Tuesday 27 December 2011

Fire in Babylon

I rarely if ever step outside the birding sphere on this blog. Occasionally there are allusions to my fanatical support of Tottenham Hotspur or a music video to accompany a post. If I am feeling really adventurous I may stray into ornithology which as my profession makes the header but as a subject I dont like to write about in an informal manner unless it broaches conservation. Today I am going to address something entirely different. My first love. My childhood. My now. Cricket.

Cricket is the greatest sport ever created in the history of the human race as it has both brutality and subtlety at its heart. As a player I am moderate managing the subtlety (and skill) whilst wholely lacking in the brutality. I try and at my peak I was decent enough (av 24.2 in 2003 batting at no.5 in the 3rd tier of 8 in Yorkshire cricket). I am currently in self-imposed retirement. No time. Children. Work. Wife. I know what is important.

Despite the above I would still stay awake an entire night to watch a beautiful innings or some destructive bowling. Michael Vaughan in 2003/4 in Australia. Flintoff and Thorpe in New Zealand. Harmison in the West Indies. Brian Lara versus Australia. Wasim Akram against anyone. I love it. I love the skill and the bravery and the fire.

This evening I am watching 'Fire in Babylon', the film documentary about the West Indies cricket team of the mid 70s to mid 80s. There are a bunch of blokes in their late 50s to early 70s being interview about matches that happened nearly 40 years ago. And they speak with soul and with fire and with brimstone. There is meaning and joy in what they achieved and they understand this. They were blazing a trail for black men and women across the planet against their old masters in babylon. Some, like Vivian Richards, were aware of what they were trying to achieve in creating a new order. Throughout the first half of the film (for I have only seen half thus far) I have been struck by the beauty and emotion of this piece with a soundscape of West Indian artists conveying brooding emotions throughout. Sadly I cannot be eloquent enough to convey exactly how important this film is but if you like sport watch it. If you like politics watch it. If you believe in equality, watch it. This film does not exclude anybody but consumes you in a peoples fight to take it to their former masters come what may. If you dont like cricket, you will stil enjoy this film as it contains such a strong message and some equally forceful characters. Im not sure anybody will reach this stage of the blog post due to my departure from normal procedings but if you have, please comment as I am intrigued by other peoples opinions.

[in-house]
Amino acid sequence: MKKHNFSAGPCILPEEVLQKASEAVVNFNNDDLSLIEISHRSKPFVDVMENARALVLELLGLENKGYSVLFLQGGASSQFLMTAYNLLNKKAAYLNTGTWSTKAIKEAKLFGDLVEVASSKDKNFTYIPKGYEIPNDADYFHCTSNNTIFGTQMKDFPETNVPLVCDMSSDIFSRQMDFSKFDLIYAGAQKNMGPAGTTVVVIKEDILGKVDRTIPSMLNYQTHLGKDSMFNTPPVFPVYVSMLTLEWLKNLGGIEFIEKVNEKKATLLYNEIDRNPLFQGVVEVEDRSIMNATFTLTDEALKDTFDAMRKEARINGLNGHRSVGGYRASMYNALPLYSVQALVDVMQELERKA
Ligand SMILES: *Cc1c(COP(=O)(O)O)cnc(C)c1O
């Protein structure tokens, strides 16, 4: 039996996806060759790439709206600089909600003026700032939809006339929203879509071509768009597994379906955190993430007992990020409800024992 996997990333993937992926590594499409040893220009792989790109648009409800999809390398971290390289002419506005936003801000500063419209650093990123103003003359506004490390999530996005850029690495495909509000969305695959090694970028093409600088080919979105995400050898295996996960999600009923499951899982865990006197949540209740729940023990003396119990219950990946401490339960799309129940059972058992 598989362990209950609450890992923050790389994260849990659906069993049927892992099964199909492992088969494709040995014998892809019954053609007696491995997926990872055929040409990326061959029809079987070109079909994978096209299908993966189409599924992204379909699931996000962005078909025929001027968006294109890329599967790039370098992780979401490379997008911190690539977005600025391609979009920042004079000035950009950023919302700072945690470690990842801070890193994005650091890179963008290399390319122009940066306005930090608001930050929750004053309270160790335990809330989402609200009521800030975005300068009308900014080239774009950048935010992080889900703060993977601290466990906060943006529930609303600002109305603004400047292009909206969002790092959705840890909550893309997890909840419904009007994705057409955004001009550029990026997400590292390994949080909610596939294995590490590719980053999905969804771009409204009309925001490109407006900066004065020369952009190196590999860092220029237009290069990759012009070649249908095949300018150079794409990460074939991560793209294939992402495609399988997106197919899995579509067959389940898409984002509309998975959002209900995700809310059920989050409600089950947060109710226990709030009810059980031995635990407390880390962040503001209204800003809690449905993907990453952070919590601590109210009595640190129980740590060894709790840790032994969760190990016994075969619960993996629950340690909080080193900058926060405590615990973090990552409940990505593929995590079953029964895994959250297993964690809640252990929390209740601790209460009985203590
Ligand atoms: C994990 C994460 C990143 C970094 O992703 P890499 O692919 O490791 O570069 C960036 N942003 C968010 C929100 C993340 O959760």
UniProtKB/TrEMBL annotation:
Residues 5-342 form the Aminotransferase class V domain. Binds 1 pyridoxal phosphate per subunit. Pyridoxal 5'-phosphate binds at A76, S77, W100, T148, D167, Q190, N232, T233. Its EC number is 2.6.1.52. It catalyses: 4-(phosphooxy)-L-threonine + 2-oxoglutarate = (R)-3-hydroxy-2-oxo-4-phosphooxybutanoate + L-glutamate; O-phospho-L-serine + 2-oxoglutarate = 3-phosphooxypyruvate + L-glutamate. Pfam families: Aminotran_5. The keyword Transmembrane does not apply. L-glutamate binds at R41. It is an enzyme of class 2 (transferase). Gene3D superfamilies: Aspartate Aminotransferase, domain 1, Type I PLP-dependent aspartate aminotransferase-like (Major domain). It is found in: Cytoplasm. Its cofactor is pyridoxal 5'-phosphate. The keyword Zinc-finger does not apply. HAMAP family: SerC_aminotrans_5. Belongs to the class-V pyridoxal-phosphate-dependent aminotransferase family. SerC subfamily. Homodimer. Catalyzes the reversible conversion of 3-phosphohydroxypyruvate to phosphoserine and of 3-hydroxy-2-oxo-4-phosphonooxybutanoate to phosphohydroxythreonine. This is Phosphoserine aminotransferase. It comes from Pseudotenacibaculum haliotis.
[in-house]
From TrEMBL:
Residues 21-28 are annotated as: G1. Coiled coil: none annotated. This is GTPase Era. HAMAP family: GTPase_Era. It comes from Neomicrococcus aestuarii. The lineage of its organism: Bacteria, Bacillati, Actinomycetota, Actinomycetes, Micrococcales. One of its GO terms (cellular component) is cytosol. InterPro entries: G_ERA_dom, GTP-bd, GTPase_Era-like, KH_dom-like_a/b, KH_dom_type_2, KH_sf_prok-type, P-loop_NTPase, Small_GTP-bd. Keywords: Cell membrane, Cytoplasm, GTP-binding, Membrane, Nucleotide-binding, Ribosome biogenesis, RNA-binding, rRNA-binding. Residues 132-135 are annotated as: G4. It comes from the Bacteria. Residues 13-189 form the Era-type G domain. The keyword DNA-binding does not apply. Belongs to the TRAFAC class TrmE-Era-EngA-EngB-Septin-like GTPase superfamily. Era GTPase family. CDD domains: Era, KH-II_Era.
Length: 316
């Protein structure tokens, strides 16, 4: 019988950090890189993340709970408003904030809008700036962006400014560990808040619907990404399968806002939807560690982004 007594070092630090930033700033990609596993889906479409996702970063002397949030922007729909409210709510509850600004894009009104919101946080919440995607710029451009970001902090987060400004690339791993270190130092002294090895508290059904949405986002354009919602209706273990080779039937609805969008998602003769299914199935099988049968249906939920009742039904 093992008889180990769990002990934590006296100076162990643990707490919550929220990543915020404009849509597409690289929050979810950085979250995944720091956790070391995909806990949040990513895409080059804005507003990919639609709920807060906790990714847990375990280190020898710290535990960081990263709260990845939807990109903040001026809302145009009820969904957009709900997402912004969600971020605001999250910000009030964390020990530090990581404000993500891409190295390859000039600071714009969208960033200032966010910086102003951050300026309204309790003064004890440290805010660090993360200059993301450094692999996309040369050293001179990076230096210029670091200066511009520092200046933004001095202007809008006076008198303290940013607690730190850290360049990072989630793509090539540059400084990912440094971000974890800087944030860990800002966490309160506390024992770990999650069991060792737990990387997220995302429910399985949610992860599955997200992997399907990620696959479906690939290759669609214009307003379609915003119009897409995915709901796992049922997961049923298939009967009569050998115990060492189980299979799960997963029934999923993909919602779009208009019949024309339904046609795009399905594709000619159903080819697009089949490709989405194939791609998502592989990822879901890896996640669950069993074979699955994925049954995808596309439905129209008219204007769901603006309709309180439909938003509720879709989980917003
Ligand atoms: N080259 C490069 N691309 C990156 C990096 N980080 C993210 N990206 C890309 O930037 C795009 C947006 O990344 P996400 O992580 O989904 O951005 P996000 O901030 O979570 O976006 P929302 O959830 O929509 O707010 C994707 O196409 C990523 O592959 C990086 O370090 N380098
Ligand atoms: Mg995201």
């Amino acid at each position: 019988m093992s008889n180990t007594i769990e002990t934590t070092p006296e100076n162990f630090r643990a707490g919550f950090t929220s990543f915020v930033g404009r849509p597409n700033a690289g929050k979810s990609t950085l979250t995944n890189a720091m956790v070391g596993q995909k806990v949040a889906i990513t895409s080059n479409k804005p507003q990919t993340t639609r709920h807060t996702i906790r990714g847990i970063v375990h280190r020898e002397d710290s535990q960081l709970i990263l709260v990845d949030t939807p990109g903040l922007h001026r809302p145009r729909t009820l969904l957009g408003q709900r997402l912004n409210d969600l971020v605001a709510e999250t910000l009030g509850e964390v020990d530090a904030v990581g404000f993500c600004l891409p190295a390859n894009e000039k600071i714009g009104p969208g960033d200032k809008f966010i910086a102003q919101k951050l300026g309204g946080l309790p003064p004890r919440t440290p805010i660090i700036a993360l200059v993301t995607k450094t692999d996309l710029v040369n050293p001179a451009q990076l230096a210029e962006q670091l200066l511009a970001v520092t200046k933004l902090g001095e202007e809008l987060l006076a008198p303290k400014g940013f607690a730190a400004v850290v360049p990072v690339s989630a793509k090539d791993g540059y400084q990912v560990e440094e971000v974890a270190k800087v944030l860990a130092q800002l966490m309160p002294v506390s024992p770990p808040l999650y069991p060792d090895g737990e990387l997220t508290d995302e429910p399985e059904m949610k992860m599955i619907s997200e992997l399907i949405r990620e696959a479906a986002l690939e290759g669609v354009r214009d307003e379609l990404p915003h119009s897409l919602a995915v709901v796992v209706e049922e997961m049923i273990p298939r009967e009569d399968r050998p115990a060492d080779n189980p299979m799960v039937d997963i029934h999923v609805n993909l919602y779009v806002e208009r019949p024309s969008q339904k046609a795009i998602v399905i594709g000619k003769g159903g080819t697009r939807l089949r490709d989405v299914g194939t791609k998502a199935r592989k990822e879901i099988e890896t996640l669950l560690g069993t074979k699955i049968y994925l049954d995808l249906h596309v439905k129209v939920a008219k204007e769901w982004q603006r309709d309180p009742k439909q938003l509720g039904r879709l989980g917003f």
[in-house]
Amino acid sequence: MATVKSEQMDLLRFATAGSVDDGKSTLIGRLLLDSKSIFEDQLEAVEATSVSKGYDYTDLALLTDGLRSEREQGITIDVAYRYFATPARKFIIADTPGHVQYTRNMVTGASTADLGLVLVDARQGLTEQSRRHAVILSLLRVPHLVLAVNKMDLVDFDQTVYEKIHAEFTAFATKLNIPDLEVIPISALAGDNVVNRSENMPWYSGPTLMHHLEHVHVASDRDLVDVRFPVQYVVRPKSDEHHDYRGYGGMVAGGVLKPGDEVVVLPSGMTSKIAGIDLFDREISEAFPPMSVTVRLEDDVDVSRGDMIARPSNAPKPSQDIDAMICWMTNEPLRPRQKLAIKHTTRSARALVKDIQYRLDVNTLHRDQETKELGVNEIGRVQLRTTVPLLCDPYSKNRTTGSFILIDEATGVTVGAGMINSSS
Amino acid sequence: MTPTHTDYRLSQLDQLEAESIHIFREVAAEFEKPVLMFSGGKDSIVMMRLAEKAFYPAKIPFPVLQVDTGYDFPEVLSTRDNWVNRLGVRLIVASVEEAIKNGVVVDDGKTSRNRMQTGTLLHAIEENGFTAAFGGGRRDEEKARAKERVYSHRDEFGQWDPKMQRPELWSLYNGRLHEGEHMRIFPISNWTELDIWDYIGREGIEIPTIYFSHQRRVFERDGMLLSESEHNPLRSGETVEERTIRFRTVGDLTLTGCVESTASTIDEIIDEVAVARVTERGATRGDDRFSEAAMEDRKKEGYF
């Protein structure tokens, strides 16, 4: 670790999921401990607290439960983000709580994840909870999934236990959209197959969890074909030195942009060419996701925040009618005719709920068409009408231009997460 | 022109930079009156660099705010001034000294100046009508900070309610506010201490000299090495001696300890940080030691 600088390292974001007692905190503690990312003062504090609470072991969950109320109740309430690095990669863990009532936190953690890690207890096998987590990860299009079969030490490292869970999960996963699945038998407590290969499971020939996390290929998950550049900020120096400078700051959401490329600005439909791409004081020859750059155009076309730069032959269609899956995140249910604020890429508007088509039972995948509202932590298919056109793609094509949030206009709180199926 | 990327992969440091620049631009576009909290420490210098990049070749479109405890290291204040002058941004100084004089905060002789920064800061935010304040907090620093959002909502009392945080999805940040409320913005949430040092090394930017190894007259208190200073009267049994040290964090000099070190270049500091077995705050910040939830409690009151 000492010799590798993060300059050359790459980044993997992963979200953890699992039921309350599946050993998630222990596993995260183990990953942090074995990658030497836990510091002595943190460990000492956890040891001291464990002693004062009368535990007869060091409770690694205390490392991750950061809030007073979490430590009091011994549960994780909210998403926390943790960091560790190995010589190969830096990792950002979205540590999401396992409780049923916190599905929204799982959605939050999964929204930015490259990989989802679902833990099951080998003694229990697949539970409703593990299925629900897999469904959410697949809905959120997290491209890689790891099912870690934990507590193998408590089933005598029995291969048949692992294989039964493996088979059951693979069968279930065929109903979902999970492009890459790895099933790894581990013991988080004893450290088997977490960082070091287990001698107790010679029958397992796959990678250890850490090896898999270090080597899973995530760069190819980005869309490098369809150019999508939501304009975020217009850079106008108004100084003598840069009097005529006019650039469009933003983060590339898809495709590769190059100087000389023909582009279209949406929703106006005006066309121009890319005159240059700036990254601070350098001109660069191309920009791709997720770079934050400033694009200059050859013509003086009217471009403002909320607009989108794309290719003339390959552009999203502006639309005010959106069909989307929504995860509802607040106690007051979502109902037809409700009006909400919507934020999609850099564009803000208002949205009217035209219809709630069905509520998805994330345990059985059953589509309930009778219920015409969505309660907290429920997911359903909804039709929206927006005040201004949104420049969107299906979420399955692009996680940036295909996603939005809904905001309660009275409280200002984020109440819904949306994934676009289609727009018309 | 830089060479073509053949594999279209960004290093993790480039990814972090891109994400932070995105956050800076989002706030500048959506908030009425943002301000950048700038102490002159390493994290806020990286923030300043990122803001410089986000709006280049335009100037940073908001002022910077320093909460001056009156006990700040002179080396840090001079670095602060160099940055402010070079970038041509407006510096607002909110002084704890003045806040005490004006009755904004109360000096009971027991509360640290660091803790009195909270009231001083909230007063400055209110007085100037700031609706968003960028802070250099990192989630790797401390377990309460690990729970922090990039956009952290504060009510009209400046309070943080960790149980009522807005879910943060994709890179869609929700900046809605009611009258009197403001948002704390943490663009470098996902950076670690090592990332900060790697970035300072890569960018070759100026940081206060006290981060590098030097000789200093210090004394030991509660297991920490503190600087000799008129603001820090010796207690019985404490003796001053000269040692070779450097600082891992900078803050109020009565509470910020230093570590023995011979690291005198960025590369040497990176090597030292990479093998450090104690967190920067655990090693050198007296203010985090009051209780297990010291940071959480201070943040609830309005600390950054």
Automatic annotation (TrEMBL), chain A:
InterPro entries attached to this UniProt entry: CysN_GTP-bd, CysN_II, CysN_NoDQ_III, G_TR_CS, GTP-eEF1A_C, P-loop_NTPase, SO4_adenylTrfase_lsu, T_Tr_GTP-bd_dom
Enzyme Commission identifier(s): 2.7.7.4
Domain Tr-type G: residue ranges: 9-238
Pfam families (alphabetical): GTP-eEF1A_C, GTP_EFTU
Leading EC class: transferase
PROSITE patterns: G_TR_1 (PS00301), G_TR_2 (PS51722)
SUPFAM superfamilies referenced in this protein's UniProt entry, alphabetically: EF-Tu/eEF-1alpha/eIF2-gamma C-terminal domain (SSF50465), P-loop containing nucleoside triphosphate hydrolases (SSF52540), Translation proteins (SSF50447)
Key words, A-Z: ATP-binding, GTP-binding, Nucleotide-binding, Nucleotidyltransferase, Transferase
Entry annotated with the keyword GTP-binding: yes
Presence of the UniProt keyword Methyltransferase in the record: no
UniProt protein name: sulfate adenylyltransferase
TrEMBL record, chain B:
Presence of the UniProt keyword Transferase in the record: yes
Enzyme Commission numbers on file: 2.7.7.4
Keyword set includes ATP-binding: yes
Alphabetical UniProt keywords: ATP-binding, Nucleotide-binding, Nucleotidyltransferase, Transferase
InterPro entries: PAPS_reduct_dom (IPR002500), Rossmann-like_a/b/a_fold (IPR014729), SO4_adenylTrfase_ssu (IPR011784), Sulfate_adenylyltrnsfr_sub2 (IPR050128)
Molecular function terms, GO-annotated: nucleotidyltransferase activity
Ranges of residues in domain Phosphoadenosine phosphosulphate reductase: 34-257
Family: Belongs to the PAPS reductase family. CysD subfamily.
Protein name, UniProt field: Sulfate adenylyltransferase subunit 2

cheers James


Gavin Haig said...

Although ok at most sports I was useless at cricket, so never really followed it. I made an exception for the '81 test at Headingly, and will never forget Botham and Willis turning the match around from nothing. I can totally understand the passion cricket inspires.

Re. non-bird stuff on the blog. It's your blog - go for it! What's the worst that can happen?

James said...

Apologies for the grammar in the post. I was 6 bottles of beer with large JD chasers worse off. Thanks for the vote of support on the off-topic ramble Gavin, although in my head I was asking for feedback on the film if anybody else had seen it. Having now read my feeble jottings (with a sore head) I can see it looks like I am asking permission. Doh.

How birds and brains become mutually exclusive

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